The Senate Children, Families and Seniors Committee held a meeting, to discuss the strike-all amendment presented by Senator Christopher L. Smith representing District 31.
Smith said, the strike-all amendment revises the current language of law involving after school programs or national organizations that do not provide childcare. Programs will be required to provide background screenings of their employees, increasing the protection of children enrolled in afterschool programs in Florida.
The strike-all amendment is an extension of Senate Bill HB119. It was presented to the committee last year, requiring the Boys & Girls Club to conduct a background screening different from other after school programs. That component of the bill, which deemed to be important to Senator Nancy C. Detert, has been omitted this year. To provide an explanation of why the strike-all amendment is still relevant without details included the year before, Senator Smith states that the amendment is more direct.
“There is a lot of confusion as to [what are] childcare facilities or after school programs,” Smith said. “Now what this does is it takes the language that was already in law that was in some intent legislation and puts it at you saying that if you are an afterschool program [you would have to] do level two background screenings.”
Before leaving the stand, Smith added that the bill does not add any new childcare providers to the bill exemption list. Roy Miller, a spokesperson from the Children’s Lobby, approached the stand expressing his thoughts on the amendment.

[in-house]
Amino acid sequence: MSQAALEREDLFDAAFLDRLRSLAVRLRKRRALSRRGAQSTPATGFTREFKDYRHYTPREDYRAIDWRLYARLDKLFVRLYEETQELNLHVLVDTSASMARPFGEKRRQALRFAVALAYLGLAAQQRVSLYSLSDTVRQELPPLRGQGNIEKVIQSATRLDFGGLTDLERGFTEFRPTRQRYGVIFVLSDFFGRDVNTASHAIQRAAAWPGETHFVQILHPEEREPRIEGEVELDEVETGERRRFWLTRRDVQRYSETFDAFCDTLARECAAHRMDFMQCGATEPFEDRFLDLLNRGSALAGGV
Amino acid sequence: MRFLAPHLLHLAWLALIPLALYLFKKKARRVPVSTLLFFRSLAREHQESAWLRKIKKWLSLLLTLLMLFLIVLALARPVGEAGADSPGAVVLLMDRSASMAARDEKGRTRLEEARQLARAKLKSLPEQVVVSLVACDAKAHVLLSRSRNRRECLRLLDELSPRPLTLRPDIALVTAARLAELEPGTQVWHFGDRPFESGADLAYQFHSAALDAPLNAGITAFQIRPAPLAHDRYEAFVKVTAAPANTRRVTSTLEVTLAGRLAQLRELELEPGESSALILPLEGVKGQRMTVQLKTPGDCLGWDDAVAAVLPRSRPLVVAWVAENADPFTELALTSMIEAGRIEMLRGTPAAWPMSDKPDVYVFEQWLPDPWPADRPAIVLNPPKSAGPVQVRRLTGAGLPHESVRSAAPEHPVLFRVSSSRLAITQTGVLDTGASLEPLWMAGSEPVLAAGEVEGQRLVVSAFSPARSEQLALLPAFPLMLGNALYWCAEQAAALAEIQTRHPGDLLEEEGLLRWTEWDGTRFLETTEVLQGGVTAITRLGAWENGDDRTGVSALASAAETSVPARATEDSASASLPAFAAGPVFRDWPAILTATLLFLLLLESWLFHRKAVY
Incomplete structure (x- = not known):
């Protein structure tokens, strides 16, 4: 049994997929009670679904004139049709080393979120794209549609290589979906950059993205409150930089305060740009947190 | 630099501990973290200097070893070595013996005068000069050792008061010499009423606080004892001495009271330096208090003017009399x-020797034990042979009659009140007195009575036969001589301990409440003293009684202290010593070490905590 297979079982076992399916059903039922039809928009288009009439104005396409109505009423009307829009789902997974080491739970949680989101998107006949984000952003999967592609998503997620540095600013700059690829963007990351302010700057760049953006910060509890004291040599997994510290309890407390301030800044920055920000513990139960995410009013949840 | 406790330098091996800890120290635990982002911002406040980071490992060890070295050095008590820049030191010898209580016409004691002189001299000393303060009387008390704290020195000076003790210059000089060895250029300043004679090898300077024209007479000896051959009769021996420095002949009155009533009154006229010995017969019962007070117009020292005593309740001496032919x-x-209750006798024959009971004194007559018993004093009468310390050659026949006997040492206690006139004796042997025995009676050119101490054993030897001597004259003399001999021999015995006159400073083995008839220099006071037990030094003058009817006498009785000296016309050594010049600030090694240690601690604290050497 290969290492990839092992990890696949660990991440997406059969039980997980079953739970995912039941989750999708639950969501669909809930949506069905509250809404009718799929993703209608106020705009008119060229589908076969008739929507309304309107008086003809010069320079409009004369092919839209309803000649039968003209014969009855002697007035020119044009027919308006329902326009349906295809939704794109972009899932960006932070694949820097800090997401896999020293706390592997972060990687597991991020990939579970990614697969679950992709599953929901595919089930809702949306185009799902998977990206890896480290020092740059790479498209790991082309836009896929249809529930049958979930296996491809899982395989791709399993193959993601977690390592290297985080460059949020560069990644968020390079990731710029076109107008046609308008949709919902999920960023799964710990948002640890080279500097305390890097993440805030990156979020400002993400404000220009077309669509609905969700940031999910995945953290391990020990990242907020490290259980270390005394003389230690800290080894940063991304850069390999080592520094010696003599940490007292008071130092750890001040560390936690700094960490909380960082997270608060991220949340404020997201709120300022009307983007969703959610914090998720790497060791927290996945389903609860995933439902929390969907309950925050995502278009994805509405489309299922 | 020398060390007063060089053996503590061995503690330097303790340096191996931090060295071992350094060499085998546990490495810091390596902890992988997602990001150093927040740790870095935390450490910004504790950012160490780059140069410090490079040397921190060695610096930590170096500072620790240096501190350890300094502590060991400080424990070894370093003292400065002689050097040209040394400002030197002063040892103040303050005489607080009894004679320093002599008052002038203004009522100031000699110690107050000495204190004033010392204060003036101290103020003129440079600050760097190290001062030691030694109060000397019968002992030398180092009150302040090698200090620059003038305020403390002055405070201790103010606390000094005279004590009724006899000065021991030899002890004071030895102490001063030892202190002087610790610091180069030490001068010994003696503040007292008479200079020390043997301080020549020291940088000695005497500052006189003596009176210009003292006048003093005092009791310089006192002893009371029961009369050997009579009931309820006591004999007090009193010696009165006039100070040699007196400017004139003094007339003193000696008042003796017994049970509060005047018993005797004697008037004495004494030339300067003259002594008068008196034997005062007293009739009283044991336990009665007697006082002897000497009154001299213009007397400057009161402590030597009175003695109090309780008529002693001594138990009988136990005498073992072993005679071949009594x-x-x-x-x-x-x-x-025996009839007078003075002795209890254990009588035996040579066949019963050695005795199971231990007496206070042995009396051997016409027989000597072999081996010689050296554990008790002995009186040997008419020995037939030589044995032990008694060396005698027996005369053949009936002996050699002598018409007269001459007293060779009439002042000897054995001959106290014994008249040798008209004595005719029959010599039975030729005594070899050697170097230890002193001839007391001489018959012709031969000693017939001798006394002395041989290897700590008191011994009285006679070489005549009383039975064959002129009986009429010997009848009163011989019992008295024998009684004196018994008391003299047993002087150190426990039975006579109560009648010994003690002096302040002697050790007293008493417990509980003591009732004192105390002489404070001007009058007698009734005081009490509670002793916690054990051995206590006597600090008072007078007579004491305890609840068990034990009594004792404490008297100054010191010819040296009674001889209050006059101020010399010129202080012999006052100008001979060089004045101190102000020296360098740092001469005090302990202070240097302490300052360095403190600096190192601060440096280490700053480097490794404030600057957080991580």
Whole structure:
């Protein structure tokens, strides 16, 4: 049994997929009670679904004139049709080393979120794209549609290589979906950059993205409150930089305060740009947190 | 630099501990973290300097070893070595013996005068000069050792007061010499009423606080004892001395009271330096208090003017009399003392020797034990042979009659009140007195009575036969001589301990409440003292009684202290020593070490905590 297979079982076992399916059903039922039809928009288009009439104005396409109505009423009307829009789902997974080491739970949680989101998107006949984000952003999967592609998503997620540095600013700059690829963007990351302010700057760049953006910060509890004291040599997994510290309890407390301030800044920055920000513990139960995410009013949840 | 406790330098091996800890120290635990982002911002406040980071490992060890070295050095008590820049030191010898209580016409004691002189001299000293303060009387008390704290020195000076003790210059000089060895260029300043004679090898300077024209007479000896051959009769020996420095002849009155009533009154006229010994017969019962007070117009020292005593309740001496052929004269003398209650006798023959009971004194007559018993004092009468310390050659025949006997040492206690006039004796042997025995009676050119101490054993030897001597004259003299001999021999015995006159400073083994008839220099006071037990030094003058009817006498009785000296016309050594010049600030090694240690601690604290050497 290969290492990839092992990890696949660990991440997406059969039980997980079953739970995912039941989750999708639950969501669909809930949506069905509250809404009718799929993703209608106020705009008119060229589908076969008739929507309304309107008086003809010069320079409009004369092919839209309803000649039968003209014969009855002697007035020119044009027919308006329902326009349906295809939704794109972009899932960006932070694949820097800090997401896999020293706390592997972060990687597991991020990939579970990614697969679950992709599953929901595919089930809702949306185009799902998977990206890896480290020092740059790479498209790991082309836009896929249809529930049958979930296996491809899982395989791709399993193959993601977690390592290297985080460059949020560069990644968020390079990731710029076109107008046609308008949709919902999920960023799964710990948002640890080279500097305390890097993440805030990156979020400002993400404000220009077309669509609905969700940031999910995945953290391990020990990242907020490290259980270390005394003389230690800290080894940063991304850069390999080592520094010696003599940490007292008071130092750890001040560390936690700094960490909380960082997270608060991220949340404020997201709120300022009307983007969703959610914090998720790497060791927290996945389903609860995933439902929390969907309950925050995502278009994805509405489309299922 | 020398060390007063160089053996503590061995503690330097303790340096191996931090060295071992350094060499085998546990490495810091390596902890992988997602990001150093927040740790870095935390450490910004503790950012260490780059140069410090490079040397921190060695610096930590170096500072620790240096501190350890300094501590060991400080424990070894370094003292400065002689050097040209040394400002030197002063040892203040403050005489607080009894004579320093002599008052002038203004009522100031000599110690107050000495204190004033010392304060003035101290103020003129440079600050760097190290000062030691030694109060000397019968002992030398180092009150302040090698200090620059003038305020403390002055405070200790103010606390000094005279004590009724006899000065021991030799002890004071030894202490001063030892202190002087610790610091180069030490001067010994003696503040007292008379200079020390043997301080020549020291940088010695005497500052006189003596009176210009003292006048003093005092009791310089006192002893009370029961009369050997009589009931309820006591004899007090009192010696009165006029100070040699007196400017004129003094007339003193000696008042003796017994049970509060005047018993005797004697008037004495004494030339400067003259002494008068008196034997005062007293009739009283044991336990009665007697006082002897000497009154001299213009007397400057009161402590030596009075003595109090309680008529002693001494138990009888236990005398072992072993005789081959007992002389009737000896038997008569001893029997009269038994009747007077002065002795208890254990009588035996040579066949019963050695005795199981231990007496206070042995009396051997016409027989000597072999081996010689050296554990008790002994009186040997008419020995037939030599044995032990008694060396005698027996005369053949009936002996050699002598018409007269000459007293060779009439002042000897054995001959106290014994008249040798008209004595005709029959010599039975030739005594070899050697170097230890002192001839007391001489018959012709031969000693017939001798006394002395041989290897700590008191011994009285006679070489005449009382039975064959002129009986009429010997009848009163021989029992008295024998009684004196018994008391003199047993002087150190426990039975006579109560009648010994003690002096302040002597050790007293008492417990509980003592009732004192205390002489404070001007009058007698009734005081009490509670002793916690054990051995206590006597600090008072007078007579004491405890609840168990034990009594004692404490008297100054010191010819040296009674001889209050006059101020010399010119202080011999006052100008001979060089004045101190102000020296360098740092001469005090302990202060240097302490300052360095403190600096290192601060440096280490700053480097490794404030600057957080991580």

“It seems to us that if Boys & Girls Clubs needs an exemption because they are caught in some type of complicated childcare regulation, that they should add themselves or ask to be added to the exemption list,” Miller said.
Miller also discussed his opposition to the new language proposed for the strike-all amendment, stating that the definition of a national organization is unclear.
“Our concern about the language by getting into the language about national organizations, who are we talking about? Everybody always immediately thinks national organizations that we’re talking about bona-fide really good groups that we want providing care in Florida…but I’ve done this work for 40 years…I don’t even know the definition of a national organization is,” Miller said.
Janette Marbry, a representative for private childcare owners, approached the stand praising the Boys & Girls Club for making child safety efforts, but adding how the results are not applied to employment.
“I’m really excited that we finally have them under an agency to get them background screening because that’s a huge problem. The agency is actually looking at those, and I know that they have been doing them through their national association, but as I’ve talked to some of you that’s a snap shot and no agency says you should or should not hire that person. So this is a huge step forward,” Marbry.
Marbry is against the bill being pushed without revision, stating that the exemption should not branch out to after school care programs.
“We think this bill is not moving in the direction for the protection of children. We do not think that the exemption should be expanded to talk about after school care. We are clear. The state is clear. Under the grade 6 are child-care in the state of Florida. We will ask you not to move it forward today or work a little more on this bill,” Marbry
Committee members, Senator Eleanor Sobel and Senator Jeremy Ring, were excused from the meeting. The session ended with Senator Smith asking the chair for an additional week to be able to talk to missing members before voting.